OSLO • While shareholder groups largely stuck to criticism of Credit Suisse Group's pay plans even after the bank backtracked, its revised proposals won over at least one of its biggest investors.
Norges Bank, Norway's sovereign wealth fund, met Credit Suisse board members a number of times to determine how it would vote at this month's shareholder meeting. Executive remuneration was a focus of the agenda, it said in a statement on Tuesday.
With the meeting just two weeks away, Credit Suisse on Friday sought to quell an outcry by proposing to lower bonuses for top executives and to freeze pay for the board of directors. At least four advisory groups had complained that the compensation was excessive, given the bank's 2.7 billion franc (S$3.8 billion) loss last year.
Norges Bank "welcomes the announcement made by the board on April 13 regarding a revision of executive remuneration," it said in the statement. "It is on this basis that we are now able to vote in favour of the remuneration-related resolutions at the annual general meeting."
Three advisory groups that rejected the bank's first pay proposals for short-term bonuses - Institutional Shareholder Services (ISS) and Switzerland's Ethos and zRating - stuck to their recommendations despite the proposed reductions. Only Glass Lewis & Co said the short-term bonus cuts merit shareholder support - it remains opposed to the board pay even at the previous year's level.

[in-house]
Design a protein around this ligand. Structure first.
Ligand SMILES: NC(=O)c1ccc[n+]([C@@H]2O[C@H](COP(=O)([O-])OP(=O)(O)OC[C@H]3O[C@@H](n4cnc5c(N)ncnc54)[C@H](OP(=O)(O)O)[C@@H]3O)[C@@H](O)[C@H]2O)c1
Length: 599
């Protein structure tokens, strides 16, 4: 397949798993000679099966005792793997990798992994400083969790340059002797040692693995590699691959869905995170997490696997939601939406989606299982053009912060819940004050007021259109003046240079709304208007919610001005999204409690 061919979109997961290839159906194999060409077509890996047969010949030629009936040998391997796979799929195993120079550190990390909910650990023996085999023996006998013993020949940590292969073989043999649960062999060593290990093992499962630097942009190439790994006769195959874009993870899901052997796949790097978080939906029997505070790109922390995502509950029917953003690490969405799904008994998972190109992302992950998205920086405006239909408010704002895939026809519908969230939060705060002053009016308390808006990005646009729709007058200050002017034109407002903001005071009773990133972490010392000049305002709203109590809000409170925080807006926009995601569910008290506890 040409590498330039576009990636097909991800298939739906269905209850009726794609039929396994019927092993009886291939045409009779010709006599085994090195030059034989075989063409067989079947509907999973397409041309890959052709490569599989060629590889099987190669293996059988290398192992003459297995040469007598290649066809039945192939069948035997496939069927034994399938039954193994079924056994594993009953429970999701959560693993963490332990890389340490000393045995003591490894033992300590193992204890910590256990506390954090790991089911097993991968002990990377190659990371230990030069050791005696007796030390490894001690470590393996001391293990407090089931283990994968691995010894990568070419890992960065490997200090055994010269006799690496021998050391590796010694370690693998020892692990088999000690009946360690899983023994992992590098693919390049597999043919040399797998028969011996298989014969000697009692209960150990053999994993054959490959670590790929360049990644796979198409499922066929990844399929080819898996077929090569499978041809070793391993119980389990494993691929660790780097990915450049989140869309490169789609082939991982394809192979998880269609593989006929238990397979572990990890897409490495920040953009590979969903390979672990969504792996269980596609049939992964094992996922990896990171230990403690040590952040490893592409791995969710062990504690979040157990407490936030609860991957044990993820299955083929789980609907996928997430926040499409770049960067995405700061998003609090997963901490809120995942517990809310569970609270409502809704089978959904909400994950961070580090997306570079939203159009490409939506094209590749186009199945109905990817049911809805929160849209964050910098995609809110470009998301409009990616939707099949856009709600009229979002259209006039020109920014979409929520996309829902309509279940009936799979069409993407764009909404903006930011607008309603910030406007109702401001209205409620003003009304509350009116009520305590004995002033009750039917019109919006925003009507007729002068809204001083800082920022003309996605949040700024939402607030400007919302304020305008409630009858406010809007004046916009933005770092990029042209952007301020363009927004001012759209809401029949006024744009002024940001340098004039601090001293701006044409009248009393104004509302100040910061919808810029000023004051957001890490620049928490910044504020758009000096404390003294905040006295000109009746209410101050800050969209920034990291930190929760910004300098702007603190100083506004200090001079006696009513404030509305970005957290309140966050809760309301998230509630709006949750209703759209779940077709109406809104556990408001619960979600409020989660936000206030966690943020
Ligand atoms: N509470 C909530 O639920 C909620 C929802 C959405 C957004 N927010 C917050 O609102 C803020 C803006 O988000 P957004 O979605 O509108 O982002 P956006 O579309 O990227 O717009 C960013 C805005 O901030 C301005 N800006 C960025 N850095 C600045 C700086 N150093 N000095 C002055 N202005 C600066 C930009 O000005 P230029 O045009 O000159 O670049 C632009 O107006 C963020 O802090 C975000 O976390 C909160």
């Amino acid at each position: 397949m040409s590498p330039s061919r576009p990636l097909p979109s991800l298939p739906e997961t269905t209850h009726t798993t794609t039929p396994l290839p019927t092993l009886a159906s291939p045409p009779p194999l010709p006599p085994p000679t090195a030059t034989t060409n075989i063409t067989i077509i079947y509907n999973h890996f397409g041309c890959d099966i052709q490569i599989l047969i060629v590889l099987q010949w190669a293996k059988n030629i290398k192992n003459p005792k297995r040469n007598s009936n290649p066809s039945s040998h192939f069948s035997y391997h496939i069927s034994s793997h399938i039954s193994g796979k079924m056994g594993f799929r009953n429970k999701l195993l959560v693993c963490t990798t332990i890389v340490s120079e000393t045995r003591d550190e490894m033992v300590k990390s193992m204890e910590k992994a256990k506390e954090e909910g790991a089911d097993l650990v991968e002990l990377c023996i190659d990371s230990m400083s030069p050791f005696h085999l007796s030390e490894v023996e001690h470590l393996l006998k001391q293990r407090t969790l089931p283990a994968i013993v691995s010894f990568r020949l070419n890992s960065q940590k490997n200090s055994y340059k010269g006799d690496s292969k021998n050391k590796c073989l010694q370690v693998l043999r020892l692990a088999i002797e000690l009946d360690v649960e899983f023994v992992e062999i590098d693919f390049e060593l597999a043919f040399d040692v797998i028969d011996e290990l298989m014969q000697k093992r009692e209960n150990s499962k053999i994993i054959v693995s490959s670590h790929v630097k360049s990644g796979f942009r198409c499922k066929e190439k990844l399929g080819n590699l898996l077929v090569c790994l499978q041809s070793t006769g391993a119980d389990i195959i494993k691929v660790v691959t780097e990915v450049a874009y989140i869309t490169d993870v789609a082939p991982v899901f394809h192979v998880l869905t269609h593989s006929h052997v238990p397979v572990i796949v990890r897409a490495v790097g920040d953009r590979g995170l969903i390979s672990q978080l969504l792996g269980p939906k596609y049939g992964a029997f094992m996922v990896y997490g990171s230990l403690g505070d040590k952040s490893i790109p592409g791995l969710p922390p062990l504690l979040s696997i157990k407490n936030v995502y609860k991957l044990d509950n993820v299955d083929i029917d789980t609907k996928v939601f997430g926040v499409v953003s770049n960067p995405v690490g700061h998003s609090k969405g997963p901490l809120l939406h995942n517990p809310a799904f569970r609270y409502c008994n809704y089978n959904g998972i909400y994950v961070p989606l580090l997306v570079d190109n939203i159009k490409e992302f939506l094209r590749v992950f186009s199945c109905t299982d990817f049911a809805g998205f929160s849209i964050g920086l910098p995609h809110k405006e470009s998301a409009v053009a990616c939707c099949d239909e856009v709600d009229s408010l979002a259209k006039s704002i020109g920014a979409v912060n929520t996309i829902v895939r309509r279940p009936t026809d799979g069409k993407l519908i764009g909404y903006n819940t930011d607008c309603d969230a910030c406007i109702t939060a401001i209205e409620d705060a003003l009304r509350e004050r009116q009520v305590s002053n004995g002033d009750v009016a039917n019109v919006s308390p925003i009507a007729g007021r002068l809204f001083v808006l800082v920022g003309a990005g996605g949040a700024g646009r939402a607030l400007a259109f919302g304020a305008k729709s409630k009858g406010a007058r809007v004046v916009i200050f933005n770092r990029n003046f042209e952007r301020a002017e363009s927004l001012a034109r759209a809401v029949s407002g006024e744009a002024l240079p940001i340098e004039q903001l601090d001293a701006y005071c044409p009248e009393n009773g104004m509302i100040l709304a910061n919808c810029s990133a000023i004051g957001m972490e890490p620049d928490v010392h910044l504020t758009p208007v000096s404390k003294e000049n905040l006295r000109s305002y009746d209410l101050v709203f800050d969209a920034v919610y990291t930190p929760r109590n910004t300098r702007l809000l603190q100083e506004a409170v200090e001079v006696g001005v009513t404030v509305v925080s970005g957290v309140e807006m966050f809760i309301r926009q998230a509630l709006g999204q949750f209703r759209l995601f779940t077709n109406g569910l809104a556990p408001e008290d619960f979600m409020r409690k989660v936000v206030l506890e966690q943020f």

ISS tempered its recommendations late Tuesday. The shareholder adviser originally said it would oppose the adjusted remuneration proposals for the board as well as long-term and short-term incentive awards for Credit Suisse's management because the bank did not change its agenda for the meeting when announcing reductions. Credit Suisse published an adjusted agenda early Tuesday.
ISS now supports the board's pay and the long-term bonuses for management.
Credit Suisse's stock fell 33 per cent last year, with market turmoil, surprise trading losses and legal cases sapping confidence in a costly turnaround plan. Charges tied to a settlement over its crisis-era mortgage securities business pushed the bank into a second annual loss.
Executives are offering to forgo 40 per cent of their bonuses, leaving the 13-member board with about 48 million francs - 17 million francs split between cash and shares for achieving short-term targets, and 31 million in shares for performances tied to long-term goals.
The board of directors has renounced plans to raise its maximum compensation by 500,000 francs to 12.5 million francs.